CHARLES STREET boosters' objections to a new bus terminal come far too late. Greyhound has already won crucial approvals for its $15 million depot and garage near Amtrak's Penn Station. The project also has Mayor Martin O'Malley's unflagging support. Despite its seeming inevitability, though, it's not too late to make sure that the bus terminal is done right. Greyhound Lines Inc. must guarantee it will operate a station that will not become a magnet for vagrants and panhandlers. Mayor O'Malley must pledge to improve the area around Penn Station.
NEWS
By Robert Little and Robert Little,SUN NATIONAL STAFF | September 16, 2004
MOBILE, Ala. - There won't be any witnesses here. No memories of the howling winds or bending trees, no visions of the flooding, the destruction, the deaths or whatever else they imagine. Hurricane Ivan arrived in southern Alabama last night. That was clear from the television reports, and from the invisible beasts that rattled the metal doors. But the people who most respected Ivan's power - those who followed officials' advice and fled to the concrete-walled safety of the city's high schools and hospitals - will remember only the communal sounds and smells of shelter life, and always the cold, hard floor.
NEWS
June 3, 2002
BALTIMORE NEEDS a convenient, centrally located Greyhound bus station. This much should be self-evident. The distant and difficult-to-find Travel Plaza in East Baltimore is no good as a permanent replacement when the Fayette Street terminal's lease expires at the end of the year. It makes no sense for travelers from Washington, New York, Philadelphia and elsewhere to end up stranded miles from downtown. Until five months ago, Greyhound was all set to build a new terminal next to Amtrak's Penn Station.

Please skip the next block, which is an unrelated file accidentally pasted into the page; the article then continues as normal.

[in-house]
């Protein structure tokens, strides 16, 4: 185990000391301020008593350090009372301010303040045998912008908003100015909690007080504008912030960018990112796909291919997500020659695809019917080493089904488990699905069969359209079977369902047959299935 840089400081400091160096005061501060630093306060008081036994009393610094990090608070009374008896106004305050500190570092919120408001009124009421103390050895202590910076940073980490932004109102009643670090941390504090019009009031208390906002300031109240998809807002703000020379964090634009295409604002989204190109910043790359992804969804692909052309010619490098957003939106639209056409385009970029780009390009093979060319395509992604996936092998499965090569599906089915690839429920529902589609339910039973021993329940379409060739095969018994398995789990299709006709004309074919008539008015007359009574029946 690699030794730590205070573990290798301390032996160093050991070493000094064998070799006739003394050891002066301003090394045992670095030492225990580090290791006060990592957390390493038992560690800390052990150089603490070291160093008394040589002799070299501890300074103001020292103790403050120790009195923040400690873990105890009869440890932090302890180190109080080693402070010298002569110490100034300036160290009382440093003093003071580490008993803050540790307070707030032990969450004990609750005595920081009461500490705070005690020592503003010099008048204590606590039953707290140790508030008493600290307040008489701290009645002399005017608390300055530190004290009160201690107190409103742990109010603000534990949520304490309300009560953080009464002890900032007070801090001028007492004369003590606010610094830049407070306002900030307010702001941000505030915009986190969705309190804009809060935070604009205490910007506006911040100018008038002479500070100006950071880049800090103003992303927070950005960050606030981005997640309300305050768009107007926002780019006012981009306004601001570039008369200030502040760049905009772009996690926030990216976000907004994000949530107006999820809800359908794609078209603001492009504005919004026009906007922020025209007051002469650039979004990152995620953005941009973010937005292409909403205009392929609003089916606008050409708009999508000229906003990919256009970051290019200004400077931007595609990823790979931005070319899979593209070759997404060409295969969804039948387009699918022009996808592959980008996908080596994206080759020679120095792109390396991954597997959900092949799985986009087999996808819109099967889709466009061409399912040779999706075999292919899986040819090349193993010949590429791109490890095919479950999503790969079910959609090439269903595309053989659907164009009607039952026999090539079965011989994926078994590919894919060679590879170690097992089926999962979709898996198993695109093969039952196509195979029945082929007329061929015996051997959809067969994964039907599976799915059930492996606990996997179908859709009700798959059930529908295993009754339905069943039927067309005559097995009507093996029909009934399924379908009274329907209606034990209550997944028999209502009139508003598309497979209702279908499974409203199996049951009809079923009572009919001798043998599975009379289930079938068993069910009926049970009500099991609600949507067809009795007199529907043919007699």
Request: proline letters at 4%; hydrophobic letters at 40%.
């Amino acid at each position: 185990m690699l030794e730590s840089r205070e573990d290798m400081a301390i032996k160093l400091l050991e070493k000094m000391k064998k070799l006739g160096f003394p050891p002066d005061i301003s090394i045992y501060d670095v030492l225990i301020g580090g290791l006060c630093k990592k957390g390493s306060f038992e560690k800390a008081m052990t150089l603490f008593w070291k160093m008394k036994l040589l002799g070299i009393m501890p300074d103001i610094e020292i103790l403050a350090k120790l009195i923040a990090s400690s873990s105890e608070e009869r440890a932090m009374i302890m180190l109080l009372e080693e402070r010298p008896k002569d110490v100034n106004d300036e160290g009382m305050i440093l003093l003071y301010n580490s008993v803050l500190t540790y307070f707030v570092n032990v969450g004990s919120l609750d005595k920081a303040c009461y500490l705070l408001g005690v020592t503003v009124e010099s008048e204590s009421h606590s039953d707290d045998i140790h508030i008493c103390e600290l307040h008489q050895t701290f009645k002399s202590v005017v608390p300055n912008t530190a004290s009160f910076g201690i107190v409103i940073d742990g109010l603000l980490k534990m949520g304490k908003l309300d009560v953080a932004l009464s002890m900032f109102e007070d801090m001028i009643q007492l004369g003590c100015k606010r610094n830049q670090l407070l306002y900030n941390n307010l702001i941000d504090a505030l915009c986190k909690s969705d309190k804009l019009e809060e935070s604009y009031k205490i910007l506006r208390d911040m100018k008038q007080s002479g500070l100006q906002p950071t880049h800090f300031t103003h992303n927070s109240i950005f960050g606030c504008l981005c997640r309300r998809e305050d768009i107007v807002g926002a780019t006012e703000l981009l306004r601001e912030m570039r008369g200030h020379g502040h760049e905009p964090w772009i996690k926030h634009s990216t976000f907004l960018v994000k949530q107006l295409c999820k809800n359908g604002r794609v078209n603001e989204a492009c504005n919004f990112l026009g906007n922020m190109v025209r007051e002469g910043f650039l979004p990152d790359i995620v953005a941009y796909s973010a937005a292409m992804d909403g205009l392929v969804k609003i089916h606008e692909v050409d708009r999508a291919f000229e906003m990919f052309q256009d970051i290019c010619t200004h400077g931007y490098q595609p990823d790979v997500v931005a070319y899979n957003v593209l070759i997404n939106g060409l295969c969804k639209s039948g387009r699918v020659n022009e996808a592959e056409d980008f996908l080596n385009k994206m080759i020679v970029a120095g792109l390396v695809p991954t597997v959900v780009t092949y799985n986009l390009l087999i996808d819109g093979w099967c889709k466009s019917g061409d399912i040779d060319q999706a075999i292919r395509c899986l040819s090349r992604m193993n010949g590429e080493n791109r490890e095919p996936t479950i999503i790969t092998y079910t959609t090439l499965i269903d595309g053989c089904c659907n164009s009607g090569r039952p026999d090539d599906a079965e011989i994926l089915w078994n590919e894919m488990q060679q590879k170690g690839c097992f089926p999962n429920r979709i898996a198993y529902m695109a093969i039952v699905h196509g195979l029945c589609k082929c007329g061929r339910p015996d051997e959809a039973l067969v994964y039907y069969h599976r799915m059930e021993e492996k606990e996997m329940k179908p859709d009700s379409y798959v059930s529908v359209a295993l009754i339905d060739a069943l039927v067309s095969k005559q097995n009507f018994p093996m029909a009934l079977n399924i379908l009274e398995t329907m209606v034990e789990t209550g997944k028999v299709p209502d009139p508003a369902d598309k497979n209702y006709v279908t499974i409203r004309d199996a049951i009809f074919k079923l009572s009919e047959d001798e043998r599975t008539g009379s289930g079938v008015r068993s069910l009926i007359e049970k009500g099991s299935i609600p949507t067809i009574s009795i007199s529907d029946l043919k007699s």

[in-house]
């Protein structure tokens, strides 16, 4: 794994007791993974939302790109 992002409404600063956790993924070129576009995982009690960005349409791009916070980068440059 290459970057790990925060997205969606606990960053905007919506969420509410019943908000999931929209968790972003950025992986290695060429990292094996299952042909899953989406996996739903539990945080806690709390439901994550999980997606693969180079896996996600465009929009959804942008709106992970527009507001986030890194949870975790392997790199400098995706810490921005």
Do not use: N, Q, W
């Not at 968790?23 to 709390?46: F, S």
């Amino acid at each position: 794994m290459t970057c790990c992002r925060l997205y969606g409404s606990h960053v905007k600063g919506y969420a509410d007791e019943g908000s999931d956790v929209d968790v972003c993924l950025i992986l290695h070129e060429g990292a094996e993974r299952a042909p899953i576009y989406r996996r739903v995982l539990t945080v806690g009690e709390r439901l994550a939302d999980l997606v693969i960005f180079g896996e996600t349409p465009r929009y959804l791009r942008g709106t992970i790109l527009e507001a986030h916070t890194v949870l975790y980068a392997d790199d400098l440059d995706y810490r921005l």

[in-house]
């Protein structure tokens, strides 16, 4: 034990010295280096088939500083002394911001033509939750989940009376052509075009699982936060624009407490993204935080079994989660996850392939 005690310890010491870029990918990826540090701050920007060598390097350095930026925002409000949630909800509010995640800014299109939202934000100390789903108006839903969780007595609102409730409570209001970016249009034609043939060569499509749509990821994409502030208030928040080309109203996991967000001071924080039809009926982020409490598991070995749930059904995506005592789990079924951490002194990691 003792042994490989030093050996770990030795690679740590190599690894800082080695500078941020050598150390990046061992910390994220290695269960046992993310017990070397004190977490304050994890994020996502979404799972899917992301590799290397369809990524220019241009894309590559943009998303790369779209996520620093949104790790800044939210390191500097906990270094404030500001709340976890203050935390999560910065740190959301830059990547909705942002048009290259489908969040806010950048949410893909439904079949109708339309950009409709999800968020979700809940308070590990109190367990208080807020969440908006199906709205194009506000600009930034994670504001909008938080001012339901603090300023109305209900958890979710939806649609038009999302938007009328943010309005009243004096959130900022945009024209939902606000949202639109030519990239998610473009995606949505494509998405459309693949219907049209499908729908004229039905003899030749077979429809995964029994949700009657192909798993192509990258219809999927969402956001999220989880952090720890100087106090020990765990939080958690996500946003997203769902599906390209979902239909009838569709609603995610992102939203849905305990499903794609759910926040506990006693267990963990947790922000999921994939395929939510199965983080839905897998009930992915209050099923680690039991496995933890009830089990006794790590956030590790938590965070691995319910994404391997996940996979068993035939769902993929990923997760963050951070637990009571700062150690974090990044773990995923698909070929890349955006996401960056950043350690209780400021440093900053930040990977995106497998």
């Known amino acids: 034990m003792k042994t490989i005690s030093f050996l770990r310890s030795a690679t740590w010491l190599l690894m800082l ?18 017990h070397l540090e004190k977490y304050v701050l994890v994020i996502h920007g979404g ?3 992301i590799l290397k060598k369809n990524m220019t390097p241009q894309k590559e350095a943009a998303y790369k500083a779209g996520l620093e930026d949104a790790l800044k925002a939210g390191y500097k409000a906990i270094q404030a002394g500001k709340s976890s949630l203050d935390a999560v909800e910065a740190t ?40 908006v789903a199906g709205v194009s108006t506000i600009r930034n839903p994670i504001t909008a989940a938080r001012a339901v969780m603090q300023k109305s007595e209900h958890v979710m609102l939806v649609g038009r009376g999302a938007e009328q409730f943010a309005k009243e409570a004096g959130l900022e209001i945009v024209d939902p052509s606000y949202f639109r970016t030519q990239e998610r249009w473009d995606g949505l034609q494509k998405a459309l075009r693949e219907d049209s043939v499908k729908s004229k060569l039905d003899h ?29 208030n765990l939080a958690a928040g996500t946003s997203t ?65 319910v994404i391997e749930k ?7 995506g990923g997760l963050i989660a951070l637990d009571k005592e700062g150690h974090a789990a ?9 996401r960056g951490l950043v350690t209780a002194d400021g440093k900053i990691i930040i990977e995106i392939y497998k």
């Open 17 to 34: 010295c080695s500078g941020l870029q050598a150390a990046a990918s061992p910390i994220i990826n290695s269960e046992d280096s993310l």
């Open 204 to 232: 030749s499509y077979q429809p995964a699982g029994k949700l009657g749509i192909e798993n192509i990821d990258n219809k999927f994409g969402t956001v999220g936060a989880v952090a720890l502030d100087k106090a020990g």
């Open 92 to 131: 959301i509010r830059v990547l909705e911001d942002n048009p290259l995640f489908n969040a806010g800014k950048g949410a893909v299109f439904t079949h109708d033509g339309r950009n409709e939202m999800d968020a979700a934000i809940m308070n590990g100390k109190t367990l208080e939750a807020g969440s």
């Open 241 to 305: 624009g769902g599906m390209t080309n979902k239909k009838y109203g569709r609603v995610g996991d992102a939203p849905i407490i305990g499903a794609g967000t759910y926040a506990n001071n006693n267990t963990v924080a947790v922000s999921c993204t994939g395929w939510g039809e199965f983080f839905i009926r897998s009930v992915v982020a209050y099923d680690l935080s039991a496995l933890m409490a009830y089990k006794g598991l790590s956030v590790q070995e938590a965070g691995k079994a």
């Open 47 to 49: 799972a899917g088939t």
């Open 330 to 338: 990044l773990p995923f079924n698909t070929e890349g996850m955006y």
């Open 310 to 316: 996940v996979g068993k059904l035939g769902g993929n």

NEWS
By William Wan and William Wan,SUN STAFF | May 27, 2005
State and city officials welcomed a new left-turn signal on Russell Street yesterday as they sought to bury the hatchet on their nearly yearlong battle over linking public transit to Baltimore's new Greyhound bus station. From the moment the station opened at 2110 Haines St. in June, public transit riders have been forced to walk there from a bus stop two blocks away, crossing six lanes of heavy traffic. The problem: State-run public buses did not stop at the station, and a median prevented southbound vehicles from making a left turn onto the street leading to the station.
NEWS
By Liz Sly and Liz Sly,CHICAGO TRIBUNE | August 18, 2005
BAGHDAD, Iraq - A coordinated trio of morning rush hour bombs at a bus station and a hospital killed 43 people Wednesday, breaking the lull that had descended on Baghdad in recent weeks and reminding the capital that the insurgency is still in business. The bombs exploded within minutes of one another and appeared to be aimed at causing maximum civilian casualties. The attacks coincided with the arrival in Baghdad of the chairman of the joint chiefs of staff, Gen. Richard B. Myers, and with the political suspense building around the delayed deadline for Iraqi leaders to complete their new constitution.
NEWS
February 23, 2011